Leader: Glenn

Report: Glenn

Photos: Glenn

Tuesday 15 August 2023

20-Milers Extra this coming Saturday

 We've got the fourth of this summer's Extra rides coming up on Saturday (19th).

For the last few years, these August Extras have been something of a tradition in our group. They are known as "Logan's run" in memory of Logan Strang, who many of you will remember as one of the stalwarts of the 20-Milers. Logan died while out cycling with some of our group in 2017. Saturday's route will be one that he often took us on and which was a particular favourite of his.

Route and destination

The ride will start in Musselburgh. Under Glenn's leadership, we'll head east along the coast road, which is an A-road and therefore possibly busy with traffic. But it has the advantage of being reasonably flat - not to mention having excellent views over the Firth of Forth. We'll turn inland at Aberlady, after which we'll take mainly quiet roads to Drem and then on to our lunch stop at Merryhatton.

The return leg will take us through Athelstaneford ("birthplace of Scotland's flag") and past the Hopetoun Monument. This will also be on quiet roads, through very pleasant countryside. There will be a few hills on this part of the route, but only one fairly steep one. We'll eventually rejoin the coast road near Seton Sands before returning to Musselburgh.

The total distance will be about 36 miles. Musselburgh is about seven miles from central Edinburgh, so, depending on where you are starting from, your total mileage might be nearer 50. Please keep that in mind if you are more accustomed to our usual 20-mile runs. Inevitably, Saturday's ride will go at a faster pace and with fewer stops.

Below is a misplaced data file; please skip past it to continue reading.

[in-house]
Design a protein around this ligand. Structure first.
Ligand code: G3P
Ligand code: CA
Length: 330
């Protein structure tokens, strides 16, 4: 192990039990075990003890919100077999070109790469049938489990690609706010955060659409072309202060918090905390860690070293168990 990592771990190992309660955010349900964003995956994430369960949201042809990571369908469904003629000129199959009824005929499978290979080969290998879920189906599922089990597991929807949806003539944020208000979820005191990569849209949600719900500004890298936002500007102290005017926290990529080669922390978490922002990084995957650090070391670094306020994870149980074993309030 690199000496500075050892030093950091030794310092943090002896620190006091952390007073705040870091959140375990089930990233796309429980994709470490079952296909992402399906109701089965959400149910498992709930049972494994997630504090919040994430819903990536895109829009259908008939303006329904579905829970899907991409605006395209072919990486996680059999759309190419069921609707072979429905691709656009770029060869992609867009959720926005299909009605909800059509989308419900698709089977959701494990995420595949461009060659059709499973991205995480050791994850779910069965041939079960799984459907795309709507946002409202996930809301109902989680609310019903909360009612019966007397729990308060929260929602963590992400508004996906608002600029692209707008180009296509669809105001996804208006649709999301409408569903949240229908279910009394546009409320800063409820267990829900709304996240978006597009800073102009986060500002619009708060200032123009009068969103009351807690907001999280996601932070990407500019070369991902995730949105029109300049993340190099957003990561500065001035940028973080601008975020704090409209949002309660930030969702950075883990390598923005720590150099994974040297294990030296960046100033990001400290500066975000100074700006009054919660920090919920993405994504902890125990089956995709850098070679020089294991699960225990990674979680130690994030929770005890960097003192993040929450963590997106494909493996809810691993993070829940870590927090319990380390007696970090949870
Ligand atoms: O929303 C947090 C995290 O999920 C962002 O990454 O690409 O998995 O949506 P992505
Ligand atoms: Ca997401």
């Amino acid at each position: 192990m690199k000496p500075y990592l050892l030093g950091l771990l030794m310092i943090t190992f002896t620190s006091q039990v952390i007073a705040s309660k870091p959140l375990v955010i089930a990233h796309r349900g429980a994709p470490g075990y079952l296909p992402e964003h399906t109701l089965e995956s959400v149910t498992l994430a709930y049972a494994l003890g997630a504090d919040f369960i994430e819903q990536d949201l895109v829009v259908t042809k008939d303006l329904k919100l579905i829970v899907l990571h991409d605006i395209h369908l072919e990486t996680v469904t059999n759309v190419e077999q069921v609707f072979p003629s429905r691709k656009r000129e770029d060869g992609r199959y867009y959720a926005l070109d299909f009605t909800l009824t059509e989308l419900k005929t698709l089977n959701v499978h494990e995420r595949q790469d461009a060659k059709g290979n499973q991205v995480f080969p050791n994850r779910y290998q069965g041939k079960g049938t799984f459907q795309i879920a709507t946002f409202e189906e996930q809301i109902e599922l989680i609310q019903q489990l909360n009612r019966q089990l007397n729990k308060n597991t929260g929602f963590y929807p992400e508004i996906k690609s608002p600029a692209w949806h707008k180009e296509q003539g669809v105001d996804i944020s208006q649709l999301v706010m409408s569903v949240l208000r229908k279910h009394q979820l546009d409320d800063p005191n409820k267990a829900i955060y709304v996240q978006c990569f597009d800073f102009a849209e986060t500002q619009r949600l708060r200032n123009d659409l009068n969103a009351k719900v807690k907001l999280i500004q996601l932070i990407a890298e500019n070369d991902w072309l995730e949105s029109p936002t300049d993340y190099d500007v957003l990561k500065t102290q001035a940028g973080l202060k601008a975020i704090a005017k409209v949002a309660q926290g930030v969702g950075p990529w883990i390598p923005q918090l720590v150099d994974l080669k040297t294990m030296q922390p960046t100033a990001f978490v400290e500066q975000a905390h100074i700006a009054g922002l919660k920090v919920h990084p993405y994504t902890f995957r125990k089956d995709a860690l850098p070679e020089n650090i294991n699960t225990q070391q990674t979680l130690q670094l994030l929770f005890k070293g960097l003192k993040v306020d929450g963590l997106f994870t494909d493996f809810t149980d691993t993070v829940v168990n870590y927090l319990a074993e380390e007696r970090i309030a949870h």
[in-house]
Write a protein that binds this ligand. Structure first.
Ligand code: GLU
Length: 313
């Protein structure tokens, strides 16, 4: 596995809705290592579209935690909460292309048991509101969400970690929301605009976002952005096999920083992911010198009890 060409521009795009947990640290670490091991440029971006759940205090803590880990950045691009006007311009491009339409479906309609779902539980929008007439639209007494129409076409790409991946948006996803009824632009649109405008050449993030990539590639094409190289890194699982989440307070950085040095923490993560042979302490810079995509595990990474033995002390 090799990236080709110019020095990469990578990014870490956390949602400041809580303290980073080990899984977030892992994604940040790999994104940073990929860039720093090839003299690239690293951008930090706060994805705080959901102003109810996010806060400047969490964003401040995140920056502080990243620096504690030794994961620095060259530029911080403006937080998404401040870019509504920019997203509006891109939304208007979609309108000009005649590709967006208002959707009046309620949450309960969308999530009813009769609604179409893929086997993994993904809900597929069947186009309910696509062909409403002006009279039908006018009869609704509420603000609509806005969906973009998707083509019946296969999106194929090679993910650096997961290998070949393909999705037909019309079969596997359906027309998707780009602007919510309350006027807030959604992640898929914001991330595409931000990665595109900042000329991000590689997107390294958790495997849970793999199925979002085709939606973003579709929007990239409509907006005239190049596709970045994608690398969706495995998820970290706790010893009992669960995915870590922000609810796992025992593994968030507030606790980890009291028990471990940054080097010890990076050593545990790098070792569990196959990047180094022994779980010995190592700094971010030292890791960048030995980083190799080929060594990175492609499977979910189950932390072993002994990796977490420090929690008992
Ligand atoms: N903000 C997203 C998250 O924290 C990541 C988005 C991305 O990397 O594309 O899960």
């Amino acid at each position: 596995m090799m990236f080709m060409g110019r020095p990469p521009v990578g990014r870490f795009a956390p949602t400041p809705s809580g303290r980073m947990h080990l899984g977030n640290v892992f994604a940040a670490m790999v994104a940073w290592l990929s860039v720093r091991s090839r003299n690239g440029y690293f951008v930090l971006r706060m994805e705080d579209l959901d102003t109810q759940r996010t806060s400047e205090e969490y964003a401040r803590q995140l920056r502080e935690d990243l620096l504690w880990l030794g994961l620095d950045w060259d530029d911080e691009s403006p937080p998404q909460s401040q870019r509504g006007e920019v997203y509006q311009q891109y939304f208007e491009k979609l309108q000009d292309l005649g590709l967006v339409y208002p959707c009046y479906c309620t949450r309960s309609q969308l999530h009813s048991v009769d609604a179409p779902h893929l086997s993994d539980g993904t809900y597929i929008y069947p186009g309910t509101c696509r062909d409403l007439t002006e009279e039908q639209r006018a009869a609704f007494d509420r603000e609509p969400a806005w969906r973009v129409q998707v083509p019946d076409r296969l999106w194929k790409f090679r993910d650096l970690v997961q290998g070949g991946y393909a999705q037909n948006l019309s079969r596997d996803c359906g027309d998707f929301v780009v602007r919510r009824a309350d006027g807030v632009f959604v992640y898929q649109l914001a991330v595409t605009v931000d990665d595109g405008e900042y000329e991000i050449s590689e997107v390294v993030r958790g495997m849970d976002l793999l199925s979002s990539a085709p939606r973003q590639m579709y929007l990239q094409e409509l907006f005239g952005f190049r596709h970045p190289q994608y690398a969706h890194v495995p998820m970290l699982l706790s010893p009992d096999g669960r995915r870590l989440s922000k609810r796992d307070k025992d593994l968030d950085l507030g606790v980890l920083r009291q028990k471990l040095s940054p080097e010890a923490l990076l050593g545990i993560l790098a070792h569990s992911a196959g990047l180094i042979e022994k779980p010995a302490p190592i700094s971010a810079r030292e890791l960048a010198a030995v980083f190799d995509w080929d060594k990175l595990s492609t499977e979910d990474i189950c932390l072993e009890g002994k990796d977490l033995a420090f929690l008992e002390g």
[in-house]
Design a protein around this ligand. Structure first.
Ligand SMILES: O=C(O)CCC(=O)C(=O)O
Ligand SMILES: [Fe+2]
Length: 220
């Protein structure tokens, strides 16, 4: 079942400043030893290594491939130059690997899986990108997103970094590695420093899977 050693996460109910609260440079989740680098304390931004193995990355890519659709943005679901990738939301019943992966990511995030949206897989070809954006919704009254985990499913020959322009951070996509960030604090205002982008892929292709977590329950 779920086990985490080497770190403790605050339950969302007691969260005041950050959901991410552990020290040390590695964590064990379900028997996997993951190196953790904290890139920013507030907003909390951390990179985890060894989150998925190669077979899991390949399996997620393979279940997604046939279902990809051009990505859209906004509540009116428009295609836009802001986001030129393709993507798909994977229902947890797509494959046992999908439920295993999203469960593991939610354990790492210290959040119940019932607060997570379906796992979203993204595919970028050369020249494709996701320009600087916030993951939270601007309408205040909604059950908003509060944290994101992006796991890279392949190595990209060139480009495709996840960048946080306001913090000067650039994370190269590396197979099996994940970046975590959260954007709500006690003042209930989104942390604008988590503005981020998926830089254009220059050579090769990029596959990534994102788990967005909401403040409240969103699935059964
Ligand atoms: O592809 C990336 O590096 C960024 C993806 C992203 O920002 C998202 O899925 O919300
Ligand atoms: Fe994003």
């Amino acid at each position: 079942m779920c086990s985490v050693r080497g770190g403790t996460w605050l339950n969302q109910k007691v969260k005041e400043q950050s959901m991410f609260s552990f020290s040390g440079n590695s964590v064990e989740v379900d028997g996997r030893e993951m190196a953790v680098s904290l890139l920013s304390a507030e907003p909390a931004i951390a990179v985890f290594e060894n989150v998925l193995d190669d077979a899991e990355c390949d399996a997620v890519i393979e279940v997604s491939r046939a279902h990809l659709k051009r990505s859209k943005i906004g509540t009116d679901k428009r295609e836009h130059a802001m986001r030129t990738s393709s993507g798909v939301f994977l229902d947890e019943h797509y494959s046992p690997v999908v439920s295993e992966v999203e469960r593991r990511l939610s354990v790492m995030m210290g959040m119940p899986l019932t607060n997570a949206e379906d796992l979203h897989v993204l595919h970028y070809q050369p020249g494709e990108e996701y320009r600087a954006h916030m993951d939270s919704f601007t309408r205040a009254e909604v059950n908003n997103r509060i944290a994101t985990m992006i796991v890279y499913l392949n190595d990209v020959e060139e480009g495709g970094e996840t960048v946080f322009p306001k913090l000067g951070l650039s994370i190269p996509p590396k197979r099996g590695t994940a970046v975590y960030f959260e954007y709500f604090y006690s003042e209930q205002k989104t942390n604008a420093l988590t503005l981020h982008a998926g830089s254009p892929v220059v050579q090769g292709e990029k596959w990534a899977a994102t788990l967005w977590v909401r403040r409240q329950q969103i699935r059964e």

Lunch arrangements

Our lunch stop will be at the garden centre at Merryhatton. The restaurant there offers a range of sandwiches, baked potatoes, a soup of the day and other snacks. The eating area is entirely under cover: there is no terrace or other open-air eating space.

Those of us who prefer to bring a packed lunch will head to a quiet picnic spot about half a mile from the garden centre. Note that there is limited seating there, so be prepared to sit on the grass if necessary. Picnickers will be able to use the toilets at Merryhatton. There are also toilets at the meeting point, and we will have an additional comfort stop on the way home.